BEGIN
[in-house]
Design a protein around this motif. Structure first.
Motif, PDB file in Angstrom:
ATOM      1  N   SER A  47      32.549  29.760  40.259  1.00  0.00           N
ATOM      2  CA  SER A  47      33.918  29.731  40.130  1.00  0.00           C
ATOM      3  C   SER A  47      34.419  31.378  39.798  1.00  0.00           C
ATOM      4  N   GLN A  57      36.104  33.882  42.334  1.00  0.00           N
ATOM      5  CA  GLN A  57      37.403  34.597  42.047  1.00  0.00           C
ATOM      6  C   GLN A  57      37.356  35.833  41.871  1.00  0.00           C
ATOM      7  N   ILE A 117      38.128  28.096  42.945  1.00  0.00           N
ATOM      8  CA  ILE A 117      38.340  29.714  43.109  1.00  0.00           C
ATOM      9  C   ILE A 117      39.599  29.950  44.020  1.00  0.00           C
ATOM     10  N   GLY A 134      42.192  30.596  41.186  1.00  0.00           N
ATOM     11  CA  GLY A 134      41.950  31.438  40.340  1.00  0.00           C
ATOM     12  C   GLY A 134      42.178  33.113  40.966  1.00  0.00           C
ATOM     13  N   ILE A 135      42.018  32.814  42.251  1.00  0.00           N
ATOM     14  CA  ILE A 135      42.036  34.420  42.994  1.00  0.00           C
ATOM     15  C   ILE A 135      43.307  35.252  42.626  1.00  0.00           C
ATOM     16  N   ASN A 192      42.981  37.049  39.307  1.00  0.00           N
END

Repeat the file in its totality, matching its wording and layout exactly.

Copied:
[in-house]
Design a protein around this motif. Structure first.
Motif, PDB file in Angstrom:
ATOM      1  N   SER A  47      32.549  29.760  40.259  1.00  0.00           N
ATOM      2  CA  SER A  47      33.918  29.731  40.130  1.00  0.00           C
ATOM      3  C   SER A  47      34.419  31.378  39.798  1.00  0.00           C
ATOM      4  N   GLN A  57      36.104  33.882  42.334  1.00  0.00           N
ATOM      5  CA  GLN A  57      37.403  34.597  42.047  1.00  0.00           C
ATOM      6  C   GLN A  57      37.356  35.833  41.871  1.00  0.00           C
ATOM      7  N   ILE A 117      38.128  28.096  42.945  1.00  0.00           N
ATOM      8  CA  ILE A 117      38.340  29.714  43.109  1.00  0.00           C
ATOM      9  C   ILE A 117      39.599  29.950  44.020  1.00  0.00           C
ATOM     10  N   GLY A 134      42.192  30.596  41.186  1.00  0.00           N
ATOM     11  CA  GLY A 134      41.950  31.438  40.340  1.00  0.00           C
ATOM     12  C   GLY A 134      42.178  33.113  40.966  1.00  0.00           C
ATOM     13  N   ILE A 135      42.018  32.814  42.251  1.00  0.00           N
ATOM     14  CA  ILE A 135      42.036  34.420  42.994  1.00  0.00           C
ATOM     15  C   ILE A 135      43.307  35.252  42.626  1.00  0.00           C
ATOM     16  N   ASN A 192      42.981  37.049  39.307  1.00  0.00           N